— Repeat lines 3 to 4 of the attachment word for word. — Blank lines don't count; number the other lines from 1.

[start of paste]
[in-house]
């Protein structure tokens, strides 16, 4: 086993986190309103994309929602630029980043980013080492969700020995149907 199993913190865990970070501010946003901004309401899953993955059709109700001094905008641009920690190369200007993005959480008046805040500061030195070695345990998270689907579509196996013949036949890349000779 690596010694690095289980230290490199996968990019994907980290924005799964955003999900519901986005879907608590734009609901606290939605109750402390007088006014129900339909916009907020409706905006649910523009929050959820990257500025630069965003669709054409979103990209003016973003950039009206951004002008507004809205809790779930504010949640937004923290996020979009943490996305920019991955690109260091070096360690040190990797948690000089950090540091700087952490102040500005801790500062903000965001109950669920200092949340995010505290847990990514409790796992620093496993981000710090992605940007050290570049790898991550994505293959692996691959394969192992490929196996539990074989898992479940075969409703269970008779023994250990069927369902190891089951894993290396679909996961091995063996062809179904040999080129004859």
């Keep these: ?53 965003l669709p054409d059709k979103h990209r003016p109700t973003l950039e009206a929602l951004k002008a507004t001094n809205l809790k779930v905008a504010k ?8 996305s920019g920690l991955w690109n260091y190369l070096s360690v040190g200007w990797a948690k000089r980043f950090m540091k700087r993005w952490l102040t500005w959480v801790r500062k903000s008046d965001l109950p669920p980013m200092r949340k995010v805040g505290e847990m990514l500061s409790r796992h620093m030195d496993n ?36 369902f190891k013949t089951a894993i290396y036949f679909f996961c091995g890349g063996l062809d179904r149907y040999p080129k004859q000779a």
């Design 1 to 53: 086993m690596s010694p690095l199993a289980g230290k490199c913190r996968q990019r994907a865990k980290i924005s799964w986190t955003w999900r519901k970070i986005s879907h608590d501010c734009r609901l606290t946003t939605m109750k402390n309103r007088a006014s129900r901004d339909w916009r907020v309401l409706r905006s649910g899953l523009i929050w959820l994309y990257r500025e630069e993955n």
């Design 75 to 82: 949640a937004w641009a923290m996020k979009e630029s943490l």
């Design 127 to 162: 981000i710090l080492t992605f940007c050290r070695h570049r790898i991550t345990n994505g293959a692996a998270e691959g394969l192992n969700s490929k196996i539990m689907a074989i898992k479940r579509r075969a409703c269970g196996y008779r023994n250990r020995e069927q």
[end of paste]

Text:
């Keep these: ?53 965003l669709p054409d059709k979103h990209r003016p109700t973003l950039e009206a929602l951004k002008a507004t001094n809205l809790k779930v905008a504010k ?8 996305s920019g920690l991955w690109n260091y190369l070096s360690v040190g200007w990797a948690k000089r980043f950090m540091k700087r993005w952490l102040t500005w959480v801790r500062k903000s008046d965001l109950p669920p980013m200092r949340k995010v805040g505290e847990m990514l500061s409790r796992h620093m030195d496993n ?36 369902f190891k013949t089951a894993i290396y036949f679909f996961c091995g890349g063996l062809d179904r149907y040999p080129k004859q000779a």
């Design 1 to 53: 086993m690596s010694p690095l199993a289980g230290k490199c913190r996968q990019r994907a865990k980290i924005s799964w986190t955003w999900r519901k970070i986005s879907h608590d501010c734009r609901l606290t946003t939605m109750k402390n309103r007088a006014s129900r901004d339909w916009r907020v309401l409706r905006s649910g899953l523009i929050w959820l994309y990257r500025e630069e993955n």